By Emily Glory Peters
What is it like to learn inside a prison? What do incarcerated students need to thrive?
Molly Yeselson ’23 has been documenting answers to these questions and more in her research as one of Scripps’ 2022–23 Racial Justice and Equity Fellows. Scripps recently featured Yeselson and her fellowship mentor Associate Professor of Writing Kimberly Drake in a webinar taking a closer look at their ambitious project: an open-source handbook to create a prison-based writing center run for incarcerated students, by incarcerated students.
“There are very few of these centers, and in those that exist, outside students or community members come in and tutor. We decided that was not for us,” explained Yeselson. “There are brilliant people inside who are more than capable of tutoring one another, so we had figure out how to make that work.”
The concept grew from the pair’s involvement in Inside-Out classes that are part of the Claremont Colleges’ Justice Education Initiative. Conceived by Temple University, the Inside-Out program brings traditional “outside” and incarcerated “inside” students together for credit-bearing courses. Drake has served as an Inside-Out faculty member for years, with Yeselson joining her classes on writing center tutoring for several semesters and continuing to work on the handbook, which was a class assignment for all of Drake’s Inside-Out courses.
The senior eventually suggested that the handbook project become a published book featuring the significant contributions of her inside peers and insights on writing from authors and prominent figures in education or criminal legal system. The first part of Yeselson’s fellowship project includes work from Drake’s six Inside-Out classes and those going forward.
“My inside peers don’t have access to a library or the internet and have to write everything by hand—so we had all these essays, poems, and thoughts scattered in random places. I was like, ‘I’m gonna lose my mind if we don’t organize this,’” Yeselson said.
To aid in her work, Scripps awarded Yeselson funding from its donor-powered Racial Justice and Equity Fellowship (RJE), which supports antiracist research and work with marginalized communities. Not finding software to fit her needs, Yeselson created her own database using tools in Google Drive, grouping content under themes like disability, race, and education; identifying concepts to expand; and working on revisions with authors.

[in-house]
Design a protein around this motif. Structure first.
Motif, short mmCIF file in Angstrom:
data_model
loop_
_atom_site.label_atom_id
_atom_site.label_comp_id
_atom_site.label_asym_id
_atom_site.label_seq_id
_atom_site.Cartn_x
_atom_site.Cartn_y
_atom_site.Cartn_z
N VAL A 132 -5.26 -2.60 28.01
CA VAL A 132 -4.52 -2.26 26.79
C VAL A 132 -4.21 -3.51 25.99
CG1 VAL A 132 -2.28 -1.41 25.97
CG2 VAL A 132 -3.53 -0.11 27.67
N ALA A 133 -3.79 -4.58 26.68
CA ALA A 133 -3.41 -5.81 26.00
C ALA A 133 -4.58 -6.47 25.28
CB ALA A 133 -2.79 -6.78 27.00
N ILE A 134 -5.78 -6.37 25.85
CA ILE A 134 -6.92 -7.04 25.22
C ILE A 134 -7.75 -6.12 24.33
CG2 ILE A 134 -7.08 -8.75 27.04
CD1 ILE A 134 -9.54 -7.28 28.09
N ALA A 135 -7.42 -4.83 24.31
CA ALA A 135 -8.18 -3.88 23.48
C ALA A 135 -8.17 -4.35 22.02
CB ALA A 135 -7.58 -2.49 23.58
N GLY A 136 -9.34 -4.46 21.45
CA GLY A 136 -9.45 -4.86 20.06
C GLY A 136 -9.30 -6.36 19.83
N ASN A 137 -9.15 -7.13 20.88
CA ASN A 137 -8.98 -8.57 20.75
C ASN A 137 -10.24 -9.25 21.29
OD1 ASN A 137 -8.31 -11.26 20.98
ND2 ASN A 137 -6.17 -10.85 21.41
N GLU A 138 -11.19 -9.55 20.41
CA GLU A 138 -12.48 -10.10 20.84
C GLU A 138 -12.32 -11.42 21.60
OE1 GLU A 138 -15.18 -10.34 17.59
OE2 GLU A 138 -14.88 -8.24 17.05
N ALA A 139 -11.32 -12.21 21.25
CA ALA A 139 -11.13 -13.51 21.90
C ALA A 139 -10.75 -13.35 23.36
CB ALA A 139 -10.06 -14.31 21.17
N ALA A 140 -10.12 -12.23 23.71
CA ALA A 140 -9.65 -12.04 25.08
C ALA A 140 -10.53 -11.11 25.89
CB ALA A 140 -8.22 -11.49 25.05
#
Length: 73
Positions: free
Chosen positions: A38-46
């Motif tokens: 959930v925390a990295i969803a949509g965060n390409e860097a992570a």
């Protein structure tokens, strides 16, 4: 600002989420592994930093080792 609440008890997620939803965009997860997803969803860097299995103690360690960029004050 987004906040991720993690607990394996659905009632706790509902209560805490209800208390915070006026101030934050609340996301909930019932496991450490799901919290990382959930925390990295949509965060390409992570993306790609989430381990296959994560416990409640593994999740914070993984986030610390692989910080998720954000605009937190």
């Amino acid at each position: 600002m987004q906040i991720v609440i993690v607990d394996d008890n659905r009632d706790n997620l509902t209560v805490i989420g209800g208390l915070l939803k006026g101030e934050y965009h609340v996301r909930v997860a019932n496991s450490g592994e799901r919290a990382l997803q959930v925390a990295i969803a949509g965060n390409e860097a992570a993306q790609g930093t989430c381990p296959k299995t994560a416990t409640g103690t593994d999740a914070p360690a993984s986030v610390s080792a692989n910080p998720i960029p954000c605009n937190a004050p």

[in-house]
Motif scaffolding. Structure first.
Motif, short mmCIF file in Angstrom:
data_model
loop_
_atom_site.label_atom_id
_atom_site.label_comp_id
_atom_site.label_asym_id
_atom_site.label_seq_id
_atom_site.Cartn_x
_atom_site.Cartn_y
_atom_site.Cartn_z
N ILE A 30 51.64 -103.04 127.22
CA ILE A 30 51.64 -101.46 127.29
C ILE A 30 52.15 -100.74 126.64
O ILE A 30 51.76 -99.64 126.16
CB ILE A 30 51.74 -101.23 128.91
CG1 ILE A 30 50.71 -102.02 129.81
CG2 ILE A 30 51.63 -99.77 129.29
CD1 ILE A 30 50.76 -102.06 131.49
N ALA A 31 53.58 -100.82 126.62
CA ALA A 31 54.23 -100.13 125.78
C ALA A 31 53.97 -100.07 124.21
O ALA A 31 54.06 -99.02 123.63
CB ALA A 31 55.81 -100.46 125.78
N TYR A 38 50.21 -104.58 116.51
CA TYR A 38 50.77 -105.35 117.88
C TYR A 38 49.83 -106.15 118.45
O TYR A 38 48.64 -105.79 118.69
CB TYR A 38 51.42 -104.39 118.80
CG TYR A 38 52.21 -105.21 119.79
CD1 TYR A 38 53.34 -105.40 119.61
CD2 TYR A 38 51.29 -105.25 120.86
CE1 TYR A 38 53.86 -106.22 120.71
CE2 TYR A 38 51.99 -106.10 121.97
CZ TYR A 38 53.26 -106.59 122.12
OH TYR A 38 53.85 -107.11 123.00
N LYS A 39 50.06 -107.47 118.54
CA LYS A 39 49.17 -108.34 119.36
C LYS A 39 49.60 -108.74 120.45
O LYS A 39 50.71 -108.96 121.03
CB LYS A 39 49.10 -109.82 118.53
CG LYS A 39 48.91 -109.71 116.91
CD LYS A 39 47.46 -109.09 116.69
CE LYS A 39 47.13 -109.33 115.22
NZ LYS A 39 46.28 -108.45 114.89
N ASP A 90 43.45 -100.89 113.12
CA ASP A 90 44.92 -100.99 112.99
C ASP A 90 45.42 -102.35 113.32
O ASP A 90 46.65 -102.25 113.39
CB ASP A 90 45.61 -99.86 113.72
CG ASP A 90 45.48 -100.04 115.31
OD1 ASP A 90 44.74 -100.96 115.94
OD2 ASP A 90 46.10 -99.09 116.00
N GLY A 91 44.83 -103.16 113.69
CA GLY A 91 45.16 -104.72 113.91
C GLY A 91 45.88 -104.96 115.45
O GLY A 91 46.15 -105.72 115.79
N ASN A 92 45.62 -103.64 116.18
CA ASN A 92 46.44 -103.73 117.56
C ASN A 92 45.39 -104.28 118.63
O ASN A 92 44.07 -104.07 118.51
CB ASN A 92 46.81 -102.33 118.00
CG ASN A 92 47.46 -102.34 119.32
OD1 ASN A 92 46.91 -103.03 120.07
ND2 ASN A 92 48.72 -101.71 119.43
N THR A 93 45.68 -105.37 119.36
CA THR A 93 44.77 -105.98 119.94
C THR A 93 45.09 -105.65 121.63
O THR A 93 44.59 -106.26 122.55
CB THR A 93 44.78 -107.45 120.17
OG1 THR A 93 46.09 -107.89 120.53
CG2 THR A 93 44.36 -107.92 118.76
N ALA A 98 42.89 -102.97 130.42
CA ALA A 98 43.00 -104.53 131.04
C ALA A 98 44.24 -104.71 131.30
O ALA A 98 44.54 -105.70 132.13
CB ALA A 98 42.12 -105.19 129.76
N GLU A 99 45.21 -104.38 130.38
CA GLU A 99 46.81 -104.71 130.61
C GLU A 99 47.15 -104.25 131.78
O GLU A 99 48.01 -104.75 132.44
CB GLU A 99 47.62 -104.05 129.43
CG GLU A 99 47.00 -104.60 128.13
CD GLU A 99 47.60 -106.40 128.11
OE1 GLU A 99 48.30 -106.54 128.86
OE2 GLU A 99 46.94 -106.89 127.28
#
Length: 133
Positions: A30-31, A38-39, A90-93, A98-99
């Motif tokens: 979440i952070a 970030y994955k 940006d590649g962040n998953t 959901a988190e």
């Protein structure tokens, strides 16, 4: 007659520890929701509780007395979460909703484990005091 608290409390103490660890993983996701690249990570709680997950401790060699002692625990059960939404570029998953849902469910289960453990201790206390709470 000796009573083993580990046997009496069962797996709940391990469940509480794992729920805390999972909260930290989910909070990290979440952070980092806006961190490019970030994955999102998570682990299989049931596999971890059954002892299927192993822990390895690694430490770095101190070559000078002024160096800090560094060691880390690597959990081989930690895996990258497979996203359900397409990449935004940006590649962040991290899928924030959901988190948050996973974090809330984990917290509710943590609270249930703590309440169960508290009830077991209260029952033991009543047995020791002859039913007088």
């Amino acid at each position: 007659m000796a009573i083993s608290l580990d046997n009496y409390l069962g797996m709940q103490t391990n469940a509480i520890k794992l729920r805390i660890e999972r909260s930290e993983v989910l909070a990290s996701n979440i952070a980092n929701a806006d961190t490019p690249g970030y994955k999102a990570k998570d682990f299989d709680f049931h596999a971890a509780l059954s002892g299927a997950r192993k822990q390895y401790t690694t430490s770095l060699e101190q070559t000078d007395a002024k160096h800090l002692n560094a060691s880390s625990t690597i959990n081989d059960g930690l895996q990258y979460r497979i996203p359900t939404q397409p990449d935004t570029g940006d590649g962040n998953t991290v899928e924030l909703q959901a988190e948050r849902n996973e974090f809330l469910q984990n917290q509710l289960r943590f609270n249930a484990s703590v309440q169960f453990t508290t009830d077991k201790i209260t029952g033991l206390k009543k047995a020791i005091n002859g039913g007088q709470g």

“This is what I spent my summer doing,” she said of her progress. “Reading and archiving all the work of my peers!”
The mountain of handwritten material—even the cover art was designed by an inside peer on a scrap of cardboard, Yeselson said—represents just some of the challenges inside students face with their studies.
“Nothing is predictable in a prison,” Yeselson said, noting the differences between the resources available at a college versus a carceral setting. “Because physical movement is restricted, it’s not as if inside students can simply walk into our writing center whenever they please to get help with assignments. We’ve found that a lot of tutoring ends up occurring in the dorms or in the prison yard.”
The handbook accounts for these realities and poses helpful approaches for tutors.
“The first chapter of the book deals with idea of ‘literacy sponsors,’” said Drake, referencing a concept from her course on literacy. “Everyone has one, so the important questions are those like, ‘Who taught you to read? Were they understanding and affirmative? How does language exclude you from some circles? How have these experiences set a pattern for acquisition of other literacies in the future?’”
Exploring these themes is important for any writer, Drake continued, but essential for writing tutors in carceral spaces. While those spaces may be atypical, both Yeselson and Drake hope that the database Yeselson designed and the handbook will equip other institutions to support incarcerated people pursuing their academic ambitions.
“The inside students get out and take their work into the world—work that advocates for different approaches to literacy sponsorship, to dealing with people who have committed crimes,” Drake said. “That’s the most exciting part of it—that we’ll be able to make big changes.”
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